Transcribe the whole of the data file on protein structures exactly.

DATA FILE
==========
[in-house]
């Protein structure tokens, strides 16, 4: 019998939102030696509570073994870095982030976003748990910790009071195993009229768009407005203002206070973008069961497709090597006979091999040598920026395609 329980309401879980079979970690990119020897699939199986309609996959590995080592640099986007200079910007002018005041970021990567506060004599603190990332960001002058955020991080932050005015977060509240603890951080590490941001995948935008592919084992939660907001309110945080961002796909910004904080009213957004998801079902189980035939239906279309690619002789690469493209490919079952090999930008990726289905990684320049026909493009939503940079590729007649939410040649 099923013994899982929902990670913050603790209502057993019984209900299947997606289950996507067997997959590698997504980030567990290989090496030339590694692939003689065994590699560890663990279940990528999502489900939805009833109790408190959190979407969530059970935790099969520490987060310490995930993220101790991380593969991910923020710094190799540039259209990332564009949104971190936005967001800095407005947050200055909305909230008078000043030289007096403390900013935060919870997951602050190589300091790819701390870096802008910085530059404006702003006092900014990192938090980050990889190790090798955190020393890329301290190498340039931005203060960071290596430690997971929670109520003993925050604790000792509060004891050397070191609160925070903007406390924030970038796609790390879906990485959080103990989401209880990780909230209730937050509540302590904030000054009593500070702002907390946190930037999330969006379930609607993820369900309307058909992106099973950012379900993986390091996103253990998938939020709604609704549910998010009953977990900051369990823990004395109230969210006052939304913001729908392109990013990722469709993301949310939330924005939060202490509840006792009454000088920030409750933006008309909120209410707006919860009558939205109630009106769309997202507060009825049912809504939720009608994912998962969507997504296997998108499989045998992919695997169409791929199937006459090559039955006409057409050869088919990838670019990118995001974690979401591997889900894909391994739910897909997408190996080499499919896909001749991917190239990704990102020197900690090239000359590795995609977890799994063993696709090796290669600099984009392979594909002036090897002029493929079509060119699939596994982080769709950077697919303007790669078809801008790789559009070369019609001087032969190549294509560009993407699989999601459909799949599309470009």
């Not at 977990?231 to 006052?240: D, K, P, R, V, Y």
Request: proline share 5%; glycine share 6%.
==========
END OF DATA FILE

[in-house]
């Protein structure tokens, strides 16, 4: 019998939102030696509570073994870095982030976003748990910790009071195993009229768009407005203002206070973008069961497709090597006979091999040598920026395609 329980309401879980079979970690990119020897699939199986309609996959590995080592640099986007200079910007002018005041970021990567506060004599603190990332960001002058955020991080932050005015977060509240603890951080590490941001995948935008592919084992939660907001309110945080961002796909910004904080009213957004998801079902189980035939239906279309690619002789690469493209490919079952090999930008990726289905990684320049026909493009939503940079590729007649939410040649 099923013994899982929902990670913050603790209502057993019984209900299947997606289950996507067997997959590698997504980030567990290989090496030339590694692939003689065994590699560890663990279940990528999502489900939805009833109790408190959190979407969530059970935790099969520490987060310490995930993220101790991380593969991910923020710094190799540039259209990332564009949104971190936005967001800095407005947050200055909305909230008078000043030289007096403390900013935060919870997951602050190589300091790819701390870096802008910085530059404006702003006092900014990192938090980050990889190790090798955190020393890329301290190498340039931005203060960071290596430690997971929670109520003993925050604790000792509060004891050397070191609160925070903007406390924030970038796609790390879906990485959080103990989401209880990780909230209730937050509540302590904030000054009593500070702002907390946190930037999330969006379930609607993820369900309307058909992106099973950012379900993986390091996103253990998938939020709604609704549910998010009953977990900051369990823990004395109230969210006052939304913001729908392109990013990722469709993301949310939330924005939060202490509840006792009454000088920030409750933006008309909120209410707006919860009558939205109630009106769309997202507060009825049912809504939720009608994912998962969507997504296997998108499989045998992919695997169409791929199937006459090559039955006409057409050869088919990838670019990118995001974690979401591997889900894909391994739910897909997408190996080499499919896909001749991917190239990704990102020197900690090239000359590795995609977890799994063993696709090796290669600099984009392979594909002036090897002029493929079509060119699939596994982080769709950077697919303007790669078809801008790789559009070369019609001087032969190549294509560009993407699989999601459909799949599309470009």
């Not at 977990?231 to 006052?240: D, K, P, R, V, Y």
Request: proline share 5%; glycine share 6%.